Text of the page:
Qatar

Bureau of Economic and Business Affairs
June 29, 2017

This is the basic text view. SWITCH NOW to the new, more interactive format.


Executive SummaryShare    

The State of Qatar is the world’s leading exporter of liquefied natural gas (LNG) and has the highest per capita income in the world. In recent years, Qatar has had one of the fastest growing economies in the world, though lower energy prices have produced a relative decline in growth. The World Bank estimates a gross domestic product (GDP) growth of 3.6 percent in 2017. Due to lower hydrocarbon prices, Qatar is expecting its second budget deficit in fifteen years in 2017, partly due to the Government of Qatar’s decision to maintain high levels of government spending in pursuit of its 2030 National Vision. To offset the deficit, the government raised debt internationally and sold $9 billion of Eurobonds in 2016. In contrast to other oil/gas-dependent economies, Qatar’s LNG supply contracts and relatively low production costs have largely shielded Qatar from the impact of depressed energy prices.

The government remains the dominant actor in Qatar's economy, though it encourages private investment in many sectors and continues to take steps to encourage more foreign investment. In 2016, the government streamlined its procurement processes and created an online portal for all government tenders in an effort to improve transparency. The government also created a regulatory regime to curb corruption and anti-competitive practices. It is also in the process of introducing reforms to its foreign investment laws to allow 100 percent foreign ownership of businesses in more economic sectors. These measures promise an attractive environment for foreign investors. In adherence to the country’s 2030 National Vision, Qatar aims to modernize infrastructure and establish an advanced knowledge-based and diversified economy which will no longer be reliant on the hydrocarbon sector.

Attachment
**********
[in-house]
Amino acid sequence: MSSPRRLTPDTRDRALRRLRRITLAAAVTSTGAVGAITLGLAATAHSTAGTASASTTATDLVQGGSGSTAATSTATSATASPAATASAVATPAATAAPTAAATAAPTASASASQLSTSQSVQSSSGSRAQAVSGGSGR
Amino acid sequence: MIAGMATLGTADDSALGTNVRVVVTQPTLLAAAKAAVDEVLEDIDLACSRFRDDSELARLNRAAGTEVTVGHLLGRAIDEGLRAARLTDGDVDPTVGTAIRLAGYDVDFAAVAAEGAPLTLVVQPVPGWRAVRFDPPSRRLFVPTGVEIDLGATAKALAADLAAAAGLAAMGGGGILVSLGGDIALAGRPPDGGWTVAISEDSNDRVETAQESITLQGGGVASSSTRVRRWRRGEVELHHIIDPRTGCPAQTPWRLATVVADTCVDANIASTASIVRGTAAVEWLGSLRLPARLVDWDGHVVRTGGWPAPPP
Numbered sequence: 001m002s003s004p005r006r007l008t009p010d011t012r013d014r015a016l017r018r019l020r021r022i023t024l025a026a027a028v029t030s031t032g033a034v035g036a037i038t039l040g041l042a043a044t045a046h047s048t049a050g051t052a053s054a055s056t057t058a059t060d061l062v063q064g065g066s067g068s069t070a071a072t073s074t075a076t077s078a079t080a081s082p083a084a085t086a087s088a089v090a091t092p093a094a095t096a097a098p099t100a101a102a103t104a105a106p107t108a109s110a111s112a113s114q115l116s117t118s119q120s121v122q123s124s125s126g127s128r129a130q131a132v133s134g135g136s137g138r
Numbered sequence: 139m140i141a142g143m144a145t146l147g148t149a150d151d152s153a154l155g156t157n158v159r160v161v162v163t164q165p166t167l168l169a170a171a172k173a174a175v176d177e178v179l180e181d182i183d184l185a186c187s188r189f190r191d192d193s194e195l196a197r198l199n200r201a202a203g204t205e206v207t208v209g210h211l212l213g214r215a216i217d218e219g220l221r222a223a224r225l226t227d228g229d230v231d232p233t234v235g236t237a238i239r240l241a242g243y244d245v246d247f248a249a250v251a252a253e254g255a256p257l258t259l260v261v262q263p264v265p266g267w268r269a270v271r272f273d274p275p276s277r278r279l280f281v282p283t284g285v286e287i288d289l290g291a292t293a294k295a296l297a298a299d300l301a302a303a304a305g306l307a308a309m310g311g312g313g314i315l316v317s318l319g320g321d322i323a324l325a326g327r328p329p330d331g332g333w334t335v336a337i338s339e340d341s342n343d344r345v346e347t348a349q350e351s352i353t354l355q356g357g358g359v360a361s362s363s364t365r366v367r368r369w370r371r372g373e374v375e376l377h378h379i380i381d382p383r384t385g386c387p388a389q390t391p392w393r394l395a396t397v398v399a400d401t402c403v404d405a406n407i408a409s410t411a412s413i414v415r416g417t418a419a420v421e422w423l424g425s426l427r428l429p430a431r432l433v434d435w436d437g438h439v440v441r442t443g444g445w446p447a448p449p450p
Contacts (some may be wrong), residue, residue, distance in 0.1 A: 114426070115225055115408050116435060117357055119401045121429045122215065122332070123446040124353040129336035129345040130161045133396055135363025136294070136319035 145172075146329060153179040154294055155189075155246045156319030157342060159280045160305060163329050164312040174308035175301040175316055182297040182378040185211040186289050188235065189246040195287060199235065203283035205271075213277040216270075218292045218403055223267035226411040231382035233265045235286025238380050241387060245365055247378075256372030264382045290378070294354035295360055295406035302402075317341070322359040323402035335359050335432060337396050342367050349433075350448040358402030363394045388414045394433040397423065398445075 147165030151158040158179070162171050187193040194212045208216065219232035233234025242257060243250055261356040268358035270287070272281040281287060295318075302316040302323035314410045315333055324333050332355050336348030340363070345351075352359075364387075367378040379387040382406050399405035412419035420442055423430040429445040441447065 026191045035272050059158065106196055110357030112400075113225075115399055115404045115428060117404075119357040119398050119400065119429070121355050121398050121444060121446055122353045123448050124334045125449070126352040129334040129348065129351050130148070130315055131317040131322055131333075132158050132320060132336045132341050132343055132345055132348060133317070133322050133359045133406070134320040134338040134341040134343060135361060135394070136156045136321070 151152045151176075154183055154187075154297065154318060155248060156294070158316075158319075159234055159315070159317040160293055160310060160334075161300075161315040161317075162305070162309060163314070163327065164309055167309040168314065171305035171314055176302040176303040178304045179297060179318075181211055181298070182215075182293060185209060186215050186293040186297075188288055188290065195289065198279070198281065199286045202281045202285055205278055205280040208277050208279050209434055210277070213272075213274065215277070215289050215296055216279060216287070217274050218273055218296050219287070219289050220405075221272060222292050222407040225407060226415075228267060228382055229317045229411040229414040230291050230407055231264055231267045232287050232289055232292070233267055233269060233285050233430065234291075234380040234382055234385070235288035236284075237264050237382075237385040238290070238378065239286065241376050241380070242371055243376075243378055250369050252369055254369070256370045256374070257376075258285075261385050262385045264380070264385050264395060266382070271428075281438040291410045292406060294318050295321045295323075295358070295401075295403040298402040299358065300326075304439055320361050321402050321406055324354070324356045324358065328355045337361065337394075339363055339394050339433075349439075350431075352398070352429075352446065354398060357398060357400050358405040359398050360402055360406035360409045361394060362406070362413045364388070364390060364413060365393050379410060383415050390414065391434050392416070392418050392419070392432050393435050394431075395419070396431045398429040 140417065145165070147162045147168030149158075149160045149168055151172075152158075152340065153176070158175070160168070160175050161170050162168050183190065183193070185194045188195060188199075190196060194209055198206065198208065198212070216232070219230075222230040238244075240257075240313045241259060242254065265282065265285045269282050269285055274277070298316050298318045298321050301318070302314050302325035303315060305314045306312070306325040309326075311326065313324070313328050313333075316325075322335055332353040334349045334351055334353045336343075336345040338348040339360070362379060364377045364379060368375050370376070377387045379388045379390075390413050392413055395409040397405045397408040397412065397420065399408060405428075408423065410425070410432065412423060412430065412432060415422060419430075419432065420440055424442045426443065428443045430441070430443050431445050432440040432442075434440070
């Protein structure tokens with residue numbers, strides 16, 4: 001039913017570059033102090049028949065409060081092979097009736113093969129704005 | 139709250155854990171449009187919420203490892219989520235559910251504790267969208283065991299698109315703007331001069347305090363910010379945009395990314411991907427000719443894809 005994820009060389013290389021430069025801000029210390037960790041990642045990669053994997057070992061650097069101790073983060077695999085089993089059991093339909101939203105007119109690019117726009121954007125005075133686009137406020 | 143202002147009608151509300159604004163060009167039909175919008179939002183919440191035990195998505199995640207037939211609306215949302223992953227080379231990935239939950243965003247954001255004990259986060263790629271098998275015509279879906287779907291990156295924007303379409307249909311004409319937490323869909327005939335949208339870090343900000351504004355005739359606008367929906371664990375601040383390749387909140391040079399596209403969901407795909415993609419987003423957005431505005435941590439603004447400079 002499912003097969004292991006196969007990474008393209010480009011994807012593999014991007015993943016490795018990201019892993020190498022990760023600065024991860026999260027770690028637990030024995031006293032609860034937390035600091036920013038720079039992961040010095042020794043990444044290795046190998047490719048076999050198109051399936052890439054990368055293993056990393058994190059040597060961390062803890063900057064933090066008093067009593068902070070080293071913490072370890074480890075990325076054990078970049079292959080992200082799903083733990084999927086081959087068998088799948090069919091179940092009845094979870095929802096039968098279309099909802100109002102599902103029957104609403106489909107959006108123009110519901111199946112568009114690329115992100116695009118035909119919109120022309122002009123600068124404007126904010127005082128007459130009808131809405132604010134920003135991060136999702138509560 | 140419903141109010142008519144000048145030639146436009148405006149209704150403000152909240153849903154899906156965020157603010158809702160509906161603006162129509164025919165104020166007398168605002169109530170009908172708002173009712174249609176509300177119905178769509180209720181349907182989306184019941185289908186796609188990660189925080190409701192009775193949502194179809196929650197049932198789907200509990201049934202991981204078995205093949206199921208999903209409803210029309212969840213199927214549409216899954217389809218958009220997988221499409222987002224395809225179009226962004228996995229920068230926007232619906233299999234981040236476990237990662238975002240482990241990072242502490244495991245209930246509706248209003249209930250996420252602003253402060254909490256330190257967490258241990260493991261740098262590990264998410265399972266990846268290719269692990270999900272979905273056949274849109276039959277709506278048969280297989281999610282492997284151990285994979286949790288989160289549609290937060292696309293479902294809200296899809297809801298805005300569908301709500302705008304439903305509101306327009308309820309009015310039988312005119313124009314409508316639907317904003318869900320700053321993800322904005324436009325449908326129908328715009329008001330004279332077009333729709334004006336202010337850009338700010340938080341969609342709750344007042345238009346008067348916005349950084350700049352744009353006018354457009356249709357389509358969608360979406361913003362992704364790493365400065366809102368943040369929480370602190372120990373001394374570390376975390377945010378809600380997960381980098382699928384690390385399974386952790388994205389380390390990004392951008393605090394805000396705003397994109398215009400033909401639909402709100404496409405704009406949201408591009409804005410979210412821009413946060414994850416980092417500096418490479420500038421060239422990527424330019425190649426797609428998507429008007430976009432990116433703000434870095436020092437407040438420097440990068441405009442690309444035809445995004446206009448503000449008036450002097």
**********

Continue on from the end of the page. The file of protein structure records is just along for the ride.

As Qatar plans to spend $200 billion in the lead up to the 2022 FIFA World Cup and in implementation of its long term National Vision, there are significant opportunities for foreign investment in infrastructure, healthcare, education, tourism, and financial services, and other sectors. Qatar’s 2017 budgetary spending is focused, in particular, on infrastructure, health, and education. By value of inward foreign direct investment (FDI) stock, oil and gas downstream manufacturing, transportation and marketing remain the primary sectors that attract most foreign investment to Qatar.